With almost 80, 000 inhabitants, Az-Zaatari is almost the size of a small town - but is a refugee camp. The residents are among the 4.9 million Syrians who had to leave their country. The camp in Jordan was created in 2012 as a result of the Syrian civil war. (Photo: eoVision 2016 / Original: CNES 2016, Airbus DS distribution)
With almost 80, 000 inhabitants, Az-Zaatari is almost the size of a small town - but is a refugee camp. The residents are among the 4.9 million Syrians who had to leave their country. The camp in Jordan was created in 2012 as a result of the Syrian civil war. (Photo: eoVision 2016 / Original: CNES 2016, Airbus DS distribution)Unlike the saying, "The world is a village, " the world is - and is becoming - more and more a city. For the first time in 2008, just as many people lived in a city as in the countryside. Ascending trend.
According to the United Nations, by 2050, two-thirds of the world's population will live in cities. A trend that does not come from industrialized countries such as Germany, but mainly in developing and emerging countries such as China, India and many African cities such as Kinshasa or Lagos. More opportunities, more work, higher wages - cities promise a better life or simply give them the opportunity to survive. For example, Zaatari offers such an opportunity in Jordan: not a city in the narrow sense, but one of the largest refugee camps in the world.
The fact that megacities like Tokyo, Delhi or Mexico City - these are the three most populous - are struggling with problems in view of the crowds, is not surprising. Sufficient living space, a comprehensive energy and water supply, a functioning waste disposal, sufficient jobs, schools and universities, a basic medical care - with more than ten million inhabitants, some cities come to their logistical limits. That's also why slums are created. However, urbanization has effects beyond city limits. Exemplary for the ailing water supply of Las Vegas or the shrunken Aralsee.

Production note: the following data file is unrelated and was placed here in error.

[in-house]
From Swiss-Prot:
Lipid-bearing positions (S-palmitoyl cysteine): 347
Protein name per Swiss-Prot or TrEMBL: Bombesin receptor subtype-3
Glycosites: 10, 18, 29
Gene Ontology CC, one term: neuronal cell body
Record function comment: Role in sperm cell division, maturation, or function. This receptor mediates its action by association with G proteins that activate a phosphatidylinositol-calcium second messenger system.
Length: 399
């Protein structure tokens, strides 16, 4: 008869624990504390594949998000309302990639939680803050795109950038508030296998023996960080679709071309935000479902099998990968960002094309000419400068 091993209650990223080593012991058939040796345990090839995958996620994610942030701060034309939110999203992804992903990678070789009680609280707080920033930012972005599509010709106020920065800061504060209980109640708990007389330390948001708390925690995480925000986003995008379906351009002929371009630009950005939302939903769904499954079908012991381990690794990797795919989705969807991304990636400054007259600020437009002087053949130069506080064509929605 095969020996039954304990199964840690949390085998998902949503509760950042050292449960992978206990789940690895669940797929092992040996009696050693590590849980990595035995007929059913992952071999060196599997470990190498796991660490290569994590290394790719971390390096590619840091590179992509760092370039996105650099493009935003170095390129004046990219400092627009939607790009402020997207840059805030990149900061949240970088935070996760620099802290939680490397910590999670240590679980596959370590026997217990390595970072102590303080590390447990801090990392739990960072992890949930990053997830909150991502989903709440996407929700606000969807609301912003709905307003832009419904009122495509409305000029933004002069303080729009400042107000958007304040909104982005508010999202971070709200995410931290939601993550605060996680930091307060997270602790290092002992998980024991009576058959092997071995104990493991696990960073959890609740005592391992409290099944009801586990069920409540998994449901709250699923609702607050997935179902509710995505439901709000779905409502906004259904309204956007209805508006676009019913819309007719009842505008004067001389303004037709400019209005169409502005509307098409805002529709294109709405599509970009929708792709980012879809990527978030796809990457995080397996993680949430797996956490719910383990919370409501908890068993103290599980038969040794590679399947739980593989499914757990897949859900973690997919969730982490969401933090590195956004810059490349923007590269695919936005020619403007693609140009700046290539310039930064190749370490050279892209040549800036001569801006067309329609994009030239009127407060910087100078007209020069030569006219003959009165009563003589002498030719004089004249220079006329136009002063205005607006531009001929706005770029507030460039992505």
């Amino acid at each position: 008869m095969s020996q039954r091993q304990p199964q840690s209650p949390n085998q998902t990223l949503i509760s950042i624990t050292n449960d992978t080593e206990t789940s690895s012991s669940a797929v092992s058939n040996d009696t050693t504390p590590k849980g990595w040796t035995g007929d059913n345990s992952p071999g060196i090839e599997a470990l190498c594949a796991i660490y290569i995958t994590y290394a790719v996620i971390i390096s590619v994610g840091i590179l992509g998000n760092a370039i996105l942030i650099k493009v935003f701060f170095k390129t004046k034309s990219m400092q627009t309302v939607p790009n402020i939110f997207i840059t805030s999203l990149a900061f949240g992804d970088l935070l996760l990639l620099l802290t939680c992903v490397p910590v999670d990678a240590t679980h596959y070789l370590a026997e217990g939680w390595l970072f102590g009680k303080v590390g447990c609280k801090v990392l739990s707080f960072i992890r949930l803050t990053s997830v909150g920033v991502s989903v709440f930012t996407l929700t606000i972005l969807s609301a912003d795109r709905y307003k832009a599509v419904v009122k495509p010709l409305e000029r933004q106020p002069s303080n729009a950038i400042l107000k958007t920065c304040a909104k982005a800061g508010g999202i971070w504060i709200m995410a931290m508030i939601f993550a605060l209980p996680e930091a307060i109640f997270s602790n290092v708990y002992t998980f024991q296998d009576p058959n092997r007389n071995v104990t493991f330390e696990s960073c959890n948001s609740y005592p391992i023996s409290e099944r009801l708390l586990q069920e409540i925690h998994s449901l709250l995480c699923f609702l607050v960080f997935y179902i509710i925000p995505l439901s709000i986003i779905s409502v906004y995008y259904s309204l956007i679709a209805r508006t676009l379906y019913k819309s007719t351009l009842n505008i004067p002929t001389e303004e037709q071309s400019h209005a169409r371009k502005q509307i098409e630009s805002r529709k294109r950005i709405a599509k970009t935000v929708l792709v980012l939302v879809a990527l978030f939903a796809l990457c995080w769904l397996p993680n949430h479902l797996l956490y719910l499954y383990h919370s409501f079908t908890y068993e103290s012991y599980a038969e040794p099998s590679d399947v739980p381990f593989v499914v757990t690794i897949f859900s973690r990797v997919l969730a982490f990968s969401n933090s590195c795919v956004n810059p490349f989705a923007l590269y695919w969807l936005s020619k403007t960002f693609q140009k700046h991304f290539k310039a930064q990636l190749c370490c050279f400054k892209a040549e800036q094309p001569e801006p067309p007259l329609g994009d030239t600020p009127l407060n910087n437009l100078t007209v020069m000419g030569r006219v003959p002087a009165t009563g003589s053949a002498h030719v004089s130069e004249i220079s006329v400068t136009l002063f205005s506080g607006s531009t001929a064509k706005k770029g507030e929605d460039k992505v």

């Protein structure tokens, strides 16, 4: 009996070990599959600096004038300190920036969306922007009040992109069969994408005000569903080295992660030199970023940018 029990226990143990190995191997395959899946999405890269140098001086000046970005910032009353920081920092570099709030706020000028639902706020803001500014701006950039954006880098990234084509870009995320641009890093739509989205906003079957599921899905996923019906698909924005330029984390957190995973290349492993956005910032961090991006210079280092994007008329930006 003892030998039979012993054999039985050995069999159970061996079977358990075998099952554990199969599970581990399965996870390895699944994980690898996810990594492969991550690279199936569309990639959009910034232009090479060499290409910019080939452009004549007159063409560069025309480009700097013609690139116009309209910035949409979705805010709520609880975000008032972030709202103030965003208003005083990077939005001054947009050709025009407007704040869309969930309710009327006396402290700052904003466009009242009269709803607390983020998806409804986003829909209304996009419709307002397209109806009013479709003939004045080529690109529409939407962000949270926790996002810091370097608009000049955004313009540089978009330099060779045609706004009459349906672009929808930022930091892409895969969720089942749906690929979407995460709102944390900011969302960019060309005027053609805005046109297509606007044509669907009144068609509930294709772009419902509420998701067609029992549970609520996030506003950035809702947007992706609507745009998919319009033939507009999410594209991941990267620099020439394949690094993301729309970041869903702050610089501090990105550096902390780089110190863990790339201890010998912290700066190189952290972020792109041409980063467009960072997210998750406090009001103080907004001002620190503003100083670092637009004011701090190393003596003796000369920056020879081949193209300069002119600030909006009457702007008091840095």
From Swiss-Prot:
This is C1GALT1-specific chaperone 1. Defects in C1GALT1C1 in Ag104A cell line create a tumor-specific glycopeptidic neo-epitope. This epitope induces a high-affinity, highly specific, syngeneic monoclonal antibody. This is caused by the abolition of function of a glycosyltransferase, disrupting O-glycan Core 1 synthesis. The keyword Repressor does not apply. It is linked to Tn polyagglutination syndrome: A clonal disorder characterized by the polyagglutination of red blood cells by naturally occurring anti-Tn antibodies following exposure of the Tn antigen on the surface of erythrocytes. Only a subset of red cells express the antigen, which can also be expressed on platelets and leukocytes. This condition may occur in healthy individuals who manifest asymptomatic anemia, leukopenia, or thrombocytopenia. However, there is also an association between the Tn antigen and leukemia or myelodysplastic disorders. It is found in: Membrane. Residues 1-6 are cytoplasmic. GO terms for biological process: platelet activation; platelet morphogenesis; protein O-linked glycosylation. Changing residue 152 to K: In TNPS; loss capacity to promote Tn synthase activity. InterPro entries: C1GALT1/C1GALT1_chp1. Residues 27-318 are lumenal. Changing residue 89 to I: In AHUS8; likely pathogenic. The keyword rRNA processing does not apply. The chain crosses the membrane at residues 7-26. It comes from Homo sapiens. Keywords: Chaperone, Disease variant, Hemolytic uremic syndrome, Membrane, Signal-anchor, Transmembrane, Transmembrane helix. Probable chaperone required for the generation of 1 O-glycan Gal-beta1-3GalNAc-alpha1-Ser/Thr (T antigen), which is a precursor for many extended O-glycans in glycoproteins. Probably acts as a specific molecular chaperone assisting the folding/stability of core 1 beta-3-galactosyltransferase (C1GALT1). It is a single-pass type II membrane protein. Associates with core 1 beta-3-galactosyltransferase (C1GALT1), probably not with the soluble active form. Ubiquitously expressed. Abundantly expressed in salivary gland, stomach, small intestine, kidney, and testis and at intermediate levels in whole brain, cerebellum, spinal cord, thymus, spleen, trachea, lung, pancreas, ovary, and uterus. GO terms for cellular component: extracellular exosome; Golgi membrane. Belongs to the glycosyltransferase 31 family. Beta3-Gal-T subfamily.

But cities not only harbor poverty and misery, they also stand for cosmopolitanism, culture and trade. And: every city has its own structure. This is particularly evident in cities on the border between Mexico and the United States, which are built differently depending on the country. Especially from the air, cities reveal their very own aesthetics. The authors of the illustrated book "Cities - Focal Points of Humanity" have explored the diverse city plans and architectures worldwide.
The illustrated book shows the variety of colors and structures, the purpose and the destruction of buildings as well as the development of metropolises worldwide. For this purpose, the authors used the data from the Earth observation satellites Pléiades 1A and 1B, which have been flying around the globe since 2011 and 2012, providing high-resolution images every day - but no finished color photographs. In order to create the images for the picture book, the image data from different wavelength ranges had to be processed with special software. The final pictures show the fascinating world of the cities - but also make you think about how humans change their lifeworld. display
To the book:
Focal points of humanity
Eovision, Salzburg 2016, 49.95.De science.de - Xenia El Mourabit